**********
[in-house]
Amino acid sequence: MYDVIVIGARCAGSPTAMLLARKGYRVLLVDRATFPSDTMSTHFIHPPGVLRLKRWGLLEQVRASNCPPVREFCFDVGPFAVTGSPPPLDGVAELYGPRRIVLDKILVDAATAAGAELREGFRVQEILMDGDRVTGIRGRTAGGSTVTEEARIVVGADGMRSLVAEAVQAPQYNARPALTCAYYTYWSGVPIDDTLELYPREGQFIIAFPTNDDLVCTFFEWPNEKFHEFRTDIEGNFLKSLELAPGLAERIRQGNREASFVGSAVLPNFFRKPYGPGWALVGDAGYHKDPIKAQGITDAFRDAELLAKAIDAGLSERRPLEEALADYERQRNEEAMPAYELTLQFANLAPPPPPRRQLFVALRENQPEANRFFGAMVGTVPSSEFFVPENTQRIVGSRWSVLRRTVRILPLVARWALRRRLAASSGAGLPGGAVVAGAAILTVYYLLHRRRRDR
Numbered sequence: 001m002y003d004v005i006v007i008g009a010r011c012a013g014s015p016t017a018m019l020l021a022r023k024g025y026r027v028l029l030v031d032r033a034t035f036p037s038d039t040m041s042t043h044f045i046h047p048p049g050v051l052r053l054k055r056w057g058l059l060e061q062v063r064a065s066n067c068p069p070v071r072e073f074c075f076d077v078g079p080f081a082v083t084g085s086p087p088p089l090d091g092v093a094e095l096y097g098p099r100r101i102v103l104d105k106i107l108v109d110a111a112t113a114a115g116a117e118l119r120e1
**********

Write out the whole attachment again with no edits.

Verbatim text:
[in-house]
Amino acid sequence: MYDVIVIGARCAGSPTAMLLARKGYRVLLVDRATFPSDTMSTHFIHPPGVLRLKRWGLLEQVRASNCPPVREFCFDVGPFAVTGSPPPLDGVAELYGPRRIVLDKILVDAATAAGAELREGFRVQEILMDGDRVTGIRGRTAGGSTVTEEARIVVGADGMRSLVAEAVQAPQYNARPALTCAYYTYWSGVPIDDTLELYPREGQFIIAFPTNDDLVCTFFEWPNEKFHEFRTDIEGNFLKSLELAPGLAERIRQGNREASFVGSAVLPNFFRKPYGPGWALVGDAGYHKDPIKAQGITDAFRDAELLAKAIDAGLSERRPLEEALADYERQRNEEAMPAYELTLQFANLAPPPPPRRQLFVALRENQPEANRFFGAMVGTVPSSEFFVPENTQRIVGSRWSVLRRTVRILPLVARWALRRRLAASSGAGLPGGAVVAGAAILTVYYLLHRRRRDR
Numbered sequence: 001m002y003d004v005i006v007i008g009a010r011c012a013g014s015p016t017a018m019l020l021a022r023k024g025y026r027v028l029l030v031d032r033a034t035f036p037s038d039t040m041s042t043h044f045i046h047p048p049g050v051l052r053l054k055r056w057g058l059l060e061q062v063r064a065s066n067c068p069p070v071r072e073f074c075f076d077v078g079p080f081a082v083t084g085s086p087p088p089l090d091g092v093a094e095l096y097g098p099r100r101i102v103l104d105k106i107l108v109d110a111a112t113a114a115g116a117e118l119r120e1